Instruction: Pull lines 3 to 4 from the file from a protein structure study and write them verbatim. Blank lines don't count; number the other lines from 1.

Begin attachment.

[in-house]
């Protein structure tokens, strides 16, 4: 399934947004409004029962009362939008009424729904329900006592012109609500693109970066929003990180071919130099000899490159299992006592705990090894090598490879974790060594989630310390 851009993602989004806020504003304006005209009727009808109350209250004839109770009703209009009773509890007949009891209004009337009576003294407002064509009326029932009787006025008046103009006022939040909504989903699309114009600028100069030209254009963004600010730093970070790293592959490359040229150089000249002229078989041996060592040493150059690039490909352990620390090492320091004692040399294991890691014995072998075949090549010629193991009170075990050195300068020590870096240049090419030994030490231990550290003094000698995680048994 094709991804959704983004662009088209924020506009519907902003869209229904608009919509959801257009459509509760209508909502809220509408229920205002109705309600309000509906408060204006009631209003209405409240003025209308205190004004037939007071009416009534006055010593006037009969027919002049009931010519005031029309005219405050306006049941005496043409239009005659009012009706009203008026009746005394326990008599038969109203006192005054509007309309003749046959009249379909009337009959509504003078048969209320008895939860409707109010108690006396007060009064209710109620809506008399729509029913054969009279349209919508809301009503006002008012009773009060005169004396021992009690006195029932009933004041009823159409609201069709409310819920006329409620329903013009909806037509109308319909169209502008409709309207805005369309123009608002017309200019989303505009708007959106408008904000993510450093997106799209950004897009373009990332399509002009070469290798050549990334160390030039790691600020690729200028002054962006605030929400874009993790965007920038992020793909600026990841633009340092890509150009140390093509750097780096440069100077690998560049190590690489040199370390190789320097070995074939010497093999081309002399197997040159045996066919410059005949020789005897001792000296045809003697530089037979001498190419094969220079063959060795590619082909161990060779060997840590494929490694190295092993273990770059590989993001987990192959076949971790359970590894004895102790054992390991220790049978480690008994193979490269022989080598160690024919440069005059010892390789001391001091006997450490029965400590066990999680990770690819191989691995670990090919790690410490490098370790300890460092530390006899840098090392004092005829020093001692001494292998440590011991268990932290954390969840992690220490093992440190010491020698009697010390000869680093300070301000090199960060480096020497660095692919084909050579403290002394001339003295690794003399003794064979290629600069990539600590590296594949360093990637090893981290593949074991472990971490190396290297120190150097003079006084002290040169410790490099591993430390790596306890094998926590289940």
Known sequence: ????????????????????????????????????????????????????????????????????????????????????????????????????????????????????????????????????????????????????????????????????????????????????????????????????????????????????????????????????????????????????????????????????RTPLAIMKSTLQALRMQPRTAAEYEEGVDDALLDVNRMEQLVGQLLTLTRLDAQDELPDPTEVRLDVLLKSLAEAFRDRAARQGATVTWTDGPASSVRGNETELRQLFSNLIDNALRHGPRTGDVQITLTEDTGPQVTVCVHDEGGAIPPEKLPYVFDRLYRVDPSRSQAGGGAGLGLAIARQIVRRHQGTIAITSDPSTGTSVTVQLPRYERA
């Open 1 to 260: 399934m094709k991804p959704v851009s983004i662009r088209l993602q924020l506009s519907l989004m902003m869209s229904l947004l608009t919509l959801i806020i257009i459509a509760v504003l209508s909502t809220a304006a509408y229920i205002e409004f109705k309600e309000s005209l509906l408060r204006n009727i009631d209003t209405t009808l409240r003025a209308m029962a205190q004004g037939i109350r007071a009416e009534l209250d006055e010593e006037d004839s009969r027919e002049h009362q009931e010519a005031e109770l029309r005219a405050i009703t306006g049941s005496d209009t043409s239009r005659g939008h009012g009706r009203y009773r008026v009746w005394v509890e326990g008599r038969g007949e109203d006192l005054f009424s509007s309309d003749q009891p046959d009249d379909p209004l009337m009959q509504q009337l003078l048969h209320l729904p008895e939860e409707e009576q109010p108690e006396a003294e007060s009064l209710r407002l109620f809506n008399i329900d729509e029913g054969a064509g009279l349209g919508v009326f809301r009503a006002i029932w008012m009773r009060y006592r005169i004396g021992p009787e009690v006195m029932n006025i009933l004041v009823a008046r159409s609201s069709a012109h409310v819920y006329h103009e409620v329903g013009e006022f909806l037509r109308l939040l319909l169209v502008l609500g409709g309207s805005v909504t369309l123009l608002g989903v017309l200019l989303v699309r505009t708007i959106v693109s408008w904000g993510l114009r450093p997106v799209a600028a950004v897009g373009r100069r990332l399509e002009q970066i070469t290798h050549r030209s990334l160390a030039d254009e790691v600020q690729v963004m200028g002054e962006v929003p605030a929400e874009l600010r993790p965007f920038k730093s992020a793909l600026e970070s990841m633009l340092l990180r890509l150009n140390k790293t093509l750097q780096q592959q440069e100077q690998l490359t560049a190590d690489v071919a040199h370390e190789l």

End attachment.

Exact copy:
Known sequence: ????????????????????????????????????????????????????????????????????????????????????????????????????????????????????????????????????????????????????????????????????????????????????????????????????????????????????????????????????????????????????????????????????RTPLAIMKSTLQALRMQPRTAAEYEEGVDDALLDVNRMEQLVGQLLTLTRLDAQDELPDPTEVRLDVLLKSLAEAFRDRAARQGATVTWTDGPASSVRGNETELRQLFSNLIDNALRHGPRTGDVQITLTEDTGPQVTVCVHDEGGAIPPEKLPYVFDRLYRVDPSRSQAGGGAGLGLAIARQIVRRHQGTIAITSDPSTGTSVTVQLPRYERA
């Open 1 to 260: 399934m094709k991804p959704v851009s983004i662009r088209l993602q924020l506009s519907l989004m902003m869209s229904l947004l608009t919509l959801i806020i257009i459509a509760v504003l209508s909502t809220a304006a509408y229920i205002e409004f109705k309600e309000s005209l509906l408060r204006n009727i009631d209003t209405t009808l409240r003025a209308m029962a205190q004004g037939i109350r007071a009416e009534l209250d006055e010593e006037d004839s009969r027919e002049h009362q009931e010519a005031e109770l029309r005219a405050i009703t306006g049941s005496d209009t043409s239009r005659g939008h009012g009706r009203y009773r008026v009746w005394v509890e326990g008599r038969g007949e109203d006192l005054f009424s509007s309309d003749q009891p046959d009249d379909p209004l009337m009959q509504q009337l003078l048969h209320l729904p008895e939860e409707e009576q109010p108690e006396a003294e007060s009064l209710r407002l109620f809506n008399i329900d729509e029913g054969a064509g009279l349209g919508v009326f809301r009503a006002i029932w008012m009773r009060y006592r005169i004396g021992p009787e009690v006195m029932n006025i009933l004041v009823a008046r159409s609201s069709a012109h409310v819920y006329h103009e409620v329903g013009e006022f909806l037509r109308l939040l319909l169209v502008l609500g409709g309207s805005v909504t369309l123009l608002g989903v017309l200019l989303v699309r505009t708007i959106v693109s408008w904000g993510l114009r450093p997106v799209a600028a950004v897009g373009r100069r990332l399509e002009q970066i070469t290798h050549r030209s990334l160390a030039d254009e790691v600020q690729v963004m200028g002054e962006v929003p605030a929400e874009l600010r993790p965007f920038k730093s992020a793909l600026e970070s990841m633009l340092l990180r890509l150009n140390k790293t093509l750097q780096q592959q440069e100077q690998l490359t560049a190590d690489v071919a040199h370390e190789l």